India is moving towards an online population with the number of active internet users in India expected to increase by 45 per cent in the next few years, from around 622 million in 2020 to 900 million by 2025. Further, the number of 5G subscribers is likely to reach 330 million by 2026 and the monthly data consumption per smartphone is expected to grow more than threefold to stand at 40 gigabytes per smartphone. With increasing digitalisation and engagement, the volume of data is also increasing exponentially, providing opportunities for better governance, service delivery and innovation in sectors critical for societal transformation.
To this end, the Ministry of Electronics and Information Technology (MeitY) has released the Draft India Data Accessibility and Use Policy, 2022. This policy aims to enhance access, quality and use of data, in line with the current and emerging technology needs of the decade. A look at the key features of the draft policy…
As per the draft policy document, all central and state government bodies will have to compulsorily share data with each other to create a common “searchable database”. The policy document prescribes that regulatory authority Indian Data Council (IDC) and an agency, the India Data Office (IDO), will oversee the framing of metadata standards and enforcement respectively. The IDO will be constituted by MeitY to streamline and consolidate data access, and enable the sharing of public data repositories across the government and other stakeholders. The policy document provides an update on the existing government policies — the National Data Sharing and Accessibility Policy and the Open Government Data (OGD) platform India.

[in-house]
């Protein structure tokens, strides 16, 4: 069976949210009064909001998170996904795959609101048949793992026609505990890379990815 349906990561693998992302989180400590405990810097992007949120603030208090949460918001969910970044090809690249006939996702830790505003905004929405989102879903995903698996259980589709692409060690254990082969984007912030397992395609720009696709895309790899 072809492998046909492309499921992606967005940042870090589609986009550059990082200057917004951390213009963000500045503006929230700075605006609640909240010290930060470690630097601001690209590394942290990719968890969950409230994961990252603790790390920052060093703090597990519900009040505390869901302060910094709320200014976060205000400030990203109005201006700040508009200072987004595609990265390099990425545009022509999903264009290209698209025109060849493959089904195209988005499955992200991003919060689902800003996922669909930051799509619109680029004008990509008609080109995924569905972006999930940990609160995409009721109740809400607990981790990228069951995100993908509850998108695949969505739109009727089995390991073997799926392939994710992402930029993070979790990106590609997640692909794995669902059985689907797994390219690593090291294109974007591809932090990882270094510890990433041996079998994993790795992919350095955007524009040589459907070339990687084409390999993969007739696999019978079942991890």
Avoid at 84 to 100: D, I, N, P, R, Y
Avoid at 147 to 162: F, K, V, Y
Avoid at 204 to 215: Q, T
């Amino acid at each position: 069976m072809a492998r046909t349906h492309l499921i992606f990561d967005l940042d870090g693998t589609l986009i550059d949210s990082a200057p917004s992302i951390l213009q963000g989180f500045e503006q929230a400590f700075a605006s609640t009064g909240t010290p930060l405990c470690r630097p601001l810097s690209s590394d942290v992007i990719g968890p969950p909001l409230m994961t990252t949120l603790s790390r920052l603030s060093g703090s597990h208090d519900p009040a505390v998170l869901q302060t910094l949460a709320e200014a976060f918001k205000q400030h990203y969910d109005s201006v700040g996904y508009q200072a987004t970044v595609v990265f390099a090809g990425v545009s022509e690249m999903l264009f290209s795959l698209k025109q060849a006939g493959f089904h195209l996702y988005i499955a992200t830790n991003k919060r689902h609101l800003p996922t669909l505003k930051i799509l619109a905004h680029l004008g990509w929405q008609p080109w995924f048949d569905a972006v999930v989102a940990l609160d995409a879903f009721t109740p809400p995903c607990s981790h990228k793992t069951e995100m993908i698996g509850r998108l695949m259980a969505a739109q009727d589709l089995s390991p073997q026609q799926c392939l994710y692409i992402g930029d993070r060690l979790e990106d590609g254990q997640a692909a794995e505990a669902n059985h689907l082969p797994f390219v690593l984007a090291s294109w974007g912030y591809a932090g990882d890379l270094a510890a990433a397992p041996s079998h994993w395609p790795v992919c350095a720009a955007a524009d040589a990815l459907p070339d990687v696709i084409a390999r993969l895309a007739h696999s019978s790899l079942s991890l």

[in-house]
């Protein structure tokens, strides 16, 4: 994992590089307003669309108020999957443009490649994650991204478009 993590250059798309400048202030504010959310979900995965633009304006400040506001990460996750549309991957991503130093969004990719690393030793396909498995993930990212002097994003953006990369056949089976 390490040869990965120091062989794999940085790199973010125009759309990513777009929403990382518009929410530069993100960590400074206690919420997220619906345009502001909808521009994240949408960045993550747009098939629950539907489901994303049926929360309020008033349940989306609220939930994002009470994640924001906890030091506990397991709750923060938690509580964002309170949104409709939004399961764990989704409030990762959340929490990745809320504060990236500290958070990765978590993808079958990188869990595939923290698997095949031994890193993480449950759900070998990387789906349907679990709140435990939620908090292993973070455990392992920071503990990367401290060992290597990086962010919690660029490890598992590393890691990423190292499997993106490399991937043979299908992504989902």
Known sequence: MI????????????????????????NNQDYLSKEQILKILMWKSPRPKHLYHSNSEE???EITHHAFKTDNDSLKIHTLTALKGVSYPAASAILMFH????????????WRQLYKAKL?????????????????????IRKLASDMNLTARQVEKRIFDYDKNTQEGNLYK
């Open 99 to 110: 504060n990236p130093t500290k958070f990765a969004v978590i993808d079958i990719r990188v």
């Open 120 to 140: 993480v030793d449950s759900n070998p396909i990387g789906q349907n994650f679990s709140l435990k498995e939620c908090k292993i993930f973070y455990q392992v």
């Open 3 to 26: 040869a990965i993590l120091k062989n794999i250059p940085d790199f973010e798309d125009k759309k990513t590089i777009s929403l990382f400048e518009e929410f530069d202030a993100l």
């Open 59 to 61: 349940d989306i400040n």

The government has invited views from all sectors including research, academia, start-ups and industry on how the policy can institutionalise a data sharing framework for the next decade. The policy was open for public consultations till March 18, 2022. Along with the policy, the government aims to publish detailed implementation guidelines and a comprehensive data sharing toolkit in a similar multistakeholder effort to ensure effective implementation in line with the policy objectives.